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Why do Companies Overspend?

May 12, 2017

The main purpose of a business is to increase shareholders value, providing increasing profits and return on the invested capital. In order to improve profitability and increase shareholder value, companies can pursue three basic strategies: a) Increase Sales, b) Reduce Costs of Goods and/or c) Reduce Expenses. Each of these strategies has its advantages and challenges, however, the third one, Reduce Expenses, has one clear benefit. Every dollar saved goes directly to the bottom line. As Benjamin Franklin would say: “A penny saved is a penny earned”.


Executed with care, expense reduction won’t affect the quality of product or service provided, contributing to maintaining sales with higher profitability. A reduction in energy consumption, payroll processing or liability insurance will not affect the product/service. However, it will help increase business profits very rapidly.


Despite this clear advantage of the Expense Reduction strategy, many businesses still overspend in many categories. Our experience shows that 100% of the companies we have been involved with, have at least one expense category where they consistently overspend, even those running a tight ship. It seems logical to think that keeping an eye on expenses should be a must for every company. Given that this is not the case, the next logical question is why isn’t this happening? The purpose of this article is to explain the reasons behind this fact.


Our experience dealing with multiple companies in different industries, shows a distinctive pattern that can help explain why companies constantly spend more than they should. We can group the main reasons in four buckets. They don’t all necessarily apply to every company, however, we have found that at least one of these causes can explain each particular situation. Those are: 1) Time constraints, 2) Lack of Industry Knowledge, 3) Focus on Sales and Direct Costs and 4) Inertia/Lack of Will.


Time constraints. In today’s hyper competitive and dynamic environment managers and employees in general are extremely busy keeping up with customer demands, information overload, internal processes and changing regulations. This competitive environment forces businesses to work with limited personnel and resources, increasing the workload across the workforce. The main goal is to “get the work done”, and cost remains a second priority to which there is rarely time to analyze or improve.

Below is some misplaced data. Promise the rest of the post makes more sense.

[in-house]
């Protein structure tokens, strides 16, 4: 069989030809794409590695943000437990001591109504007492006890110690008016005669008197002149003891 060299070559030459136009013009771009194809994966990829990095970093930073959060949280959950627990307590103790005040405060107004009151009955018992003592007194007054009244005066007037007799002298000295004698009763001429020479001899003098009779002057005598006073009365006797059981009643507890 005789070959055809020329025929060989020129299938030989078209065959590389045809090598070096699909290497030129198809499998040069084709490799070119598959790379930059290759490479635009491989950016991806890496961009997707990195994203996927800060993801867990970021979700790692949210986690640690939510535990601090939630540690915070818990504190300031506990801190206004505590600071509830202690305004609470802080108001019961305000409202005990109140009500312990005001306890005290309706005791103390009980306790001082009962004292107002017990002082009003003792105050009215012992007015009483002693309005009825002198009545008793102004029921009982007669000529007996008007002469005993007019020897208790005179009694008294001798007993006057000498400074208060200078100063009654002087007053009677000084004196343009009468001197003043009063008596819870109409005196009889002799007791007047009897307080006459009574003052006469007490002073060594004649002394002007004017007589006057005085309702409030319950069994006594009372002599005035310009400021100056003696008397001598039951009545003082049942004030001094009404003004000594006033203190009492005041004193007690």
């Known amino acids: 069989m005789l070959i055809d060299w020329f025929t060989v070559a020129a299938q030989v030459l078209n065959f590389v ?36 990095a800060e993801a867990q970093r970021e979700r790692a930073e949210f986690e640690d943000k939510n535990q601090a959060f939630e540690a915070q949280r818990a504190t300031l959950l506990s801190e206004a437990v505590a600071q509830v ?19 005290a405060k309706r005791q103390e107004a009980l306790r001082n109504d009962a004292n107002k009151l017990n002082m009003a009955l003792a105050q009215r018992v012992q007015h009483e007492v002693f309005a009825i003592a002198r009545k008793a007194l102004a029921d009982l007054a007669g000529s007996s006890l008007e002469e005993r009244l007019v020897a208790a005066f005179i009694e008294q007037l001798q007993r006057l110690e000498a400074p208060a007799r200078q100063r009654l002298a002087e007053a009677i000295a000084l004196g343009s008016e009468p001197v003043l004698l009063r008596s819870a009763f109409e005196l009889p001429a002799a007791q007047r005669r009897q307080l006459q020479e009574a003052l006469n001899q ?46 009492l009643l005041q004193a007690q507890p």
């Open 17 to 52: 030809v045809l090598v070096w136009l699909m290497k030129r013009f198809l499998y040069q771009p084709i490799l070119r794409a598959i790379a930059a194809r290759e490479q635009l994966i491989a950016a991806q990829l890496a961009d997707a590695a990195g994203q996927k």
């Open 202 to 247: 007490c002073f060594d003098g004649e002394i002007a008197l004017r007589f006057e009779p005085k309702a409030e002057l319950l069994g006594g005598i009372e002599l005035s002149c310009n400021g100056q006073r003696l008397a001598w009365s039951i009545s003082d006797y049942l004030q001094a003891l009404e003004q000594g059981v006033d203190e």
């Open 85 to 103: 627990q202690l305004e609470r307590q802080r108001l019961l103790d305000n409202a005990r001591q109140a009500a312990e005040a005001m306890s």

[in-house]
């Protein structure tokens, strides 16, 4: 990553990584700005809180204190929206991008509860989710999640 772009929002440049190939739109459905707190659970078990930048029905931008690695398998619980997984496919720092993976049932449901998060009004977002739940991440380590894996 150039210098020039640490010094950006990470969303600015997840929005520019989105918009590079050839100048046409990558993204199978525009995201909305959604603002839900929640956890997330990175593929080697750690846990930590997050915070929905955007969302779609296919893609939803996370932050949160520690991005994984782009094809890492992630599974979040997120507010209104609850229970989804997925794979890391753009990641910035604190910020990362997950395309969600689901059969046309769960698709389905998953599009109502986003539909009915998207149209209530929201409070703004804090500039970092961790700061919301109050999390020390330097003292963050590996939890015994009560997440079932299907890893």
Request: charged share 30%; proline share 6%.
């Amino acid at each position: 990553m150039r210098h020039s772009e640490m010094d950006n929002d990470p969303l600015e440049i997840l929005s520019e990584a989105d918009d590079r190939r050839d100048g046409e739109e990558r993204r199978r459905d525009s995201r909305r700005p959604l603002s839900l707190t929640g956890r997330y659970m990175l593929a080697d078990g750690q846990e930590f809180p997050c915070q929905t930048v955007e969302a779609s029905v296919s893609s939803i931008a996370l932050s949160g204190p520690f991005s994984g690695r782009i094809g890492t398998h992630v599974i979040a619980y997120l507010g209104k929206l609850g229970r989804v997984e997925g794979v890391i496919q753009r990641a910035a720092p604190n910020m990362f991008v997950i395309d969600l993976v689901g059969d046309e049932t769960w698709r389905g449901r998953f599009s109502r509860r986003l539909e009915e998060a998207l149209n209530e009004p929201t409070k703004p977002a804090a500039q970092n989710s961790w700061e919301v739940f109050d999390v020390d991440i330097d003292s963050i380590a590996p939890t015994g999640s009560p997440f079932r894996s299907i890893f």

As an example, a law firm needs to make sure the documents are printed and delivered on a timely manner and there is not enough time to look for the most economical options to print and ship these documents. As long as the printer or copier works fine and the courier picks up and delivers on time, the person in charge will meet the goal. A manufacturer manager needs to complete his production plan and devotes his time to all the necessary steps to meet this objective: Procure materials, assign and supervise the required personnel and have the equipment ready to complete the runs. The manager will most likely have no time to research the best options to save on energy, insurance or garbage removal. As long as the services are provided on a timely manner to complete his production plan he will meet his goal.


Lack of Industry Knowledge. Even if there was sufficient time available, the next challenge is to know who should be selected as the service provider: Which vendor provides reliable service at the best cost? Which services should be selected? What are the best plans for the company or department given their specific needs? Are there any incentives the company can take advantage of? What type of agreements, if any, should be committed to?


If we multiply these complex questions times many vendors and times several categories, we end up with a ton of information that is almost impossible to gather and understand. Deciphering all these variables is what we call Industry Knowledge: The Who, What and the How.  The lack of it is what in many cases pushes companies to select an inappropriate vendor, service or particular plan.